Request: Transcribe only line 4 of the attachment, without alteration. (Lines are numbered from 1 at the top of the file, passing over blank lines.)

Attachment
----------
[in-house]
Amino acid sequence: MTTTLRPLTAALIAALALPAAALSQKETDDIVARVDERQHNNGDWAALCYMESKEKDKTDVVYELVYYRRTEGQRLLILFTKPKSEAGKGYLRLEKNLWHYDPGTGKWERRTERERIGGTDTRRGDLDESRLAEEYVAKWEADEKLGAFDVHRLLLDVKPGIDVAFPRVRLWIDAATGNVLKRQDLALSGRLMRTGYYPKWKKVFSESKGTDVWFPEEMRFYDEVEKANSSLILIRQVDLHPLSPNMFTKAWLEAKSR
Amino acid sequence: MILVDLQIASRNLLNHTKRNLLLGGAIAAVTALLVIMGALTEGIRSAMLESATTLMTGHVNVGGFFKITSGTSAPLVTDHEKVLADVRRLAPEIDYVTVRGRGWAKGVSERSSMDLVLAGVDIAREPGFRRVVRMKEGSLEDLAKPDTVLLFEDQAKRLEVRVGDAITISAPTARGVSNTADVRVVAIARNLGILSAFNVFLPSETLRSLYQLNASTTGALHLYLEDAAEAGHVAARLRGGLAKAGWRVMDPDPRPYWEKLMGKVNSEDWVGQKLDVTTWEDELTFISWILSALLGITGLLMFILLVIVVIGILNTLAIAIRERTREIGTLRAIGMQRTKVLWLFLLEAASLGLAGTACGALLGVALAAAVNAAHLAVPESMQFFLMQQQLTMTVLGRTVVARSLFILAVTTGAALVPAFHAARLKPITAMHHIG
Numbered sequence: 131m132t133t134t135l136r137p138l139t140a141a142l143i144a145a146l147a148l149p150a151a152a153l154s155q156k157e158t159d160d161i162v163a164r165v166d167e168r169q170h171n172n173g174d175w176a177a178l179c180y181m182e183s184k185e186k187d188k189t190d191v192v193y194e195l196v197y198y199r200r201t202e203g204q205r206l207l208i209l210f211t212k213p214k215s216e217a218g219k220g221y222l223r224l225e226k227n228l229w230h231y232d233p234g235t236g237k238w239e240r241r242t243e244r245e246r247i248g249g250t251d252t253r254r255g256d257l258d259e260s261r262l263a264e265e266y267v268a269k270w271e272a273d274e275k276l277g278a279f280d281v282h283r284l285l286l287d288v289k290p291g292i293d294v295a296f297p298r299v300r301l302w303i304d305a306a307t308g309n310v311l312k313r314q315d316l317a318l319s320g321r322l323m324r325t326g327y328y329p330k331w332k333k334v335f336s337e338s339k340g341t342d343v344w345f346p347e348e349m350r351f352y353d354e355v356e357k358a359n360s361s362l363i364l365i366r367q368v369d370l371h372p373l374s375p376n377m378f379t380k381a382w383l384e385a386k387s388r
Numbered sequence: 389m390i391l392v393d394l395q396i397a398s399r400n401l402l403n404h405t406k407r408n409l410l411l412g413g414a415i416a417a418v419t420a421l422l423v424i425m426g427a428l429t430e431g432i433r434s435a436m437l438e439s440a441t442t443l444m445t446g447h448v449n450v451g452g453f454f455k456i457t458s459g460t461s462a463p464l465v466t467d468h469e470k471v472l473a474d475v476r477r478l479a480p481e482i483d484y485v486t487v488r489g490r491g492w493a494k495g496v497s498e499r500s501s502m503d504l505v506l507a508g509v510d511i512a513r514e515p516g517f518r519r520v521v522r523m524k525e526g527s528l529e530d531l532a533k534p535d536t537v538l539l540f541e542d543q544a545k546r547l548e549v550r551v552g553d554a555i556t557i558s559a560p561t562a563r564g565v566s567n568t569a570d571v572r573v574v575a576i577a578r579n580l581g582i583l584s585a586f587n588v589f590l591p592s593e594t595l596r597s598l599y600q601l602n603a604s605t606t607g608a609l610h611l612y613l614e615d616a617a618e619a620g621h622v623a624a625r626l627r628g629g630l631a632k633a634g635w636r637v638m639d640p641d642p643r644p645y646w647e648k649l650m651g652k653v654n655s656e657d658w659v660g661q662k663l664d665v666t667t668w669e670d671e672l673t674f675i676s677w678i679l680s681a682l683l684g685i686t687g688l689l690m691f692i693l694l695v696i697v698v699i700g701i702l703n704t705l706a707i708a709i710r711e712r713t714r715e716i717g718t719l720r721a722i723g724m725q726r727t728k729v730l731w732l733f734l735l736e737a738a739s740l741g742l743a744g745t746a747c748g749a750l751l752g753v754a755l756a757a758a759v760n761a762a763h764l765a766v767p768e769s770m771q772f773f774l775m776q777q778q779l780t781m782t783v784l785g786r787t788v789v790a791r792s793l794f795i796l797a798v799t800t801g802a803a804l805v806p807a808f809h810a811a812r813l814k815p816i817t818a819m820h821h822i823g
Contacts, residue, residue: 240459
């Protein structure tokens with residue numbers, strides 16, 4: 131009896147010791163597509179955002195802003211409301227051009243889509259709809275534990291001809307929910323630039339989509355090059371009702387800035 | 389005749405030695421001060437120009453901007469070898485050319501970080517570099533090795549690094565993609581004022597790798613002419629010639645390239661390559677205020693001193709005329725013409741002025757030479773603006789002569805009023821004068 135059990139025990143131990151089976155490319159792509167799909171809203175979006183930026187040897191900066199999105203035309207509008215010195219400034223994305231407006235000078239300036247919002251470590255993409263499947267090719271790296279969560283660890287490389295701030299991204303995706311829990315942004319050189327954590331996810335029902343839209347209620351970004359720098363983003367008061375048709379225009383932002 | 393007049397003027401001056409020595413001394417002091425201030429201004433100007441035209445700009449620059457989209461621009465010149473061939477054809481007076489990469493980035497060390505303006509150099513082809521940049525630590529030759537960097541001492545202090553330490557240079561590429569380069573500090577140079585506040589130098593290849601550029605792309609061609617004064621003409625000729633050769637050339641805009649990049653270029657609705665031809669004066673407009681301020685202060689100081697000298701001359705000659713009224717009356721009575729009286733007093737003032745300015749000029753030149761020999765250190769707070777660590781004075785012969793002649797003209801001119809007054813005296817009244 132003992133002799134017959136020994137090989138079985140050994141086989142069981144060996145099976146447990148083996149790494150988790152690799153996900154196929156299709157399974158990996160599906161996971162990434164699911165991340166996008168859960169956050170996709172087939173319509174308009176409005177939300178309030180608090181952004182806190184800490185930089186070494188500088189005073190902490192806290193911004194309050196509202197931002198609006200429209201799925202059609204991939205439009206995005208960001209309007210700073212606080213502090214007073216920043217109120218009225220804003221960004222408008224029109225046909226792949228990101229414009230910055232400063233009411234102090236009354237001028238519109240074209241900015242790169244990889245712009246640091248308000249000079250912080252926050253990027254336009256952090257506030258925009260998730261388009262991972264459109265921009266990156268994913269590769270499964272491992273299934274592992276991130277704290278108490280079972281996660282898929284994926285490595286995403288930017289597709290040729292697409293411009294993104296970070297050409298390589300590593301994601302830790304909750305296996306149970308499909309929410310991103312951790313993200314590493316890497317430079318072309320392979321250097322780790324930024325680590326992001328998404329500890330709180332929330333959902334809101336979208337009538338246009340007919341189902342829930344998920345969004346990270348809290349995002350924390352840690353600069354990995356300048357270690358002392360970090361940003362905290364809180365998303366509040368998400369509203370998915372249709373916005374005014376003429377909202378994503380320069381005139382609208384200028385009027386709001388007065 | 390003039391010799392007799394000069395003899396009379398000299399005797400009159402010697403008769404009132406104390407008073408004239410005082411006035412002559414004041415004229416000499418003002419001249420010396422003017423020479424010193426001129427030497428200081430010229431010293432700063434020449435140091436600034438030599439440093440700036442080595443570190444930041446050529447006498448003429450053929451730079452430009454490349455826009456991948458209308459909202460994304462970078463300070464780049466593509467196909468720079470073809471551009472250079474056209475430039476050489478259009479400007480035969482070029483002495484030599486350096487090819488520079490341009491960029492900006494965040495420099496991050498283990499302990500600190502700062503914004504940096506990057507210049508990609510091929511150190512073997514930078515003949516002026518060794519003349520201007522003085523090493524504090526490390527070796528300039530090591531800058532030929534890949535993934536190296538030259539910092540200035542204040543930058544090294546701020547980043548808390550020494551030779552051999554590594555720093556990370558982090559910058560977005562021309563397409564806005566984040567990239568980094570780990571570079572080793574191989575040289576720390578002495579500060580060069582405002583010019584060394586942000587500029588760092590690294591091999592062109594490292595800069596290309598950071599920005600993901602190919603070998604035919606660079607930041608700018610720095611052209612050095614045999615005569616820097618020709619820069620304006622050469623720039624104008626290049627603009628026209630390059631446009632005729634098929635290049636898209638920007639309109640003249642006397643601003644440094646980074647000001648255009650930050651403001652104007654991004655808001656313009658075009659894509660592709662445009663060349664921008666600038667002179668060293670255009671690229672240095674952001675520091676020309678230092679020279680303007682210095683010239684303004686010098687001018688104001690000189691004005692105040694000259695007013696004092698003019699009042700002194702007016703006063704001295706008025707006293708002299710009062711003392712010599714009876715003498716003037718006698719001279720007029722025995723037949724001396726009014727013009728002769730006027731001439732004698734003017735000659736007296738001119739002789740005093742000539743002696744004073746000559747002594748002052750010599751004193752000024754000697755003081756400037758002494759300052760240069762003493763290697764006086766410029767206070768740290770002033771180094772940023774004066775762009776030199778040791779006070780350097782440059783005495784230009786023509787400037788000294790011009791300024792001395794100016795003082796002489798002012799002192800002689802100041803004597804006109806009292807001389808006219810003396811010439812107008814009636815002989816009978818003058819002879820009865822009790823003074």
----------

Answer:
Numbered sequence: 131m132t133t134t135l136r137p138l139t140a141a142l143i144a145a146l147a148l149p150a151a152a153l154s155q156k157e158t159d160d161i162v163a164r165v166d167e168r169q170h171n172n173g174d175w176a177a178l179c180y181m182e183s184k185e186k187d188k189t190d191v192v193y194e195l196v197y198y199r200r201t202e203g204q205r206l207l208i209l210f211t212k213p214k215s216e217a218g219k220g221y222l223r224l225e226k227n228l229w230h231y232d233p234g235t236g237k238w239e240r241r242t243e244r245e246r247i248g249g250t251d252t253r254r255g256d257l258d259e260s261r262l263a264e265e266y267v268a269k270w271e272a273d274e275k276l277g278a279f280d281v282h283r284l285l286l287d288v289k290p291g292i293d294v295a296f297p298r299v300r301l302w303i304d305a306a307t308g309n310v311l312k313r314q315d316l317a318l319s320g321r322l323m324r325t326g327y328y329p330k331w332k333k334v335f336s337e338s339k340g341t342d343v344w345f346p347e348e349m350r351f352y353d354e355v356e357k358a359n360s361s362l363i364l365i366r367q368v369d370l371h372p373l374s375p376n377m378f379t380k381a382w383l384e385a386k387s388r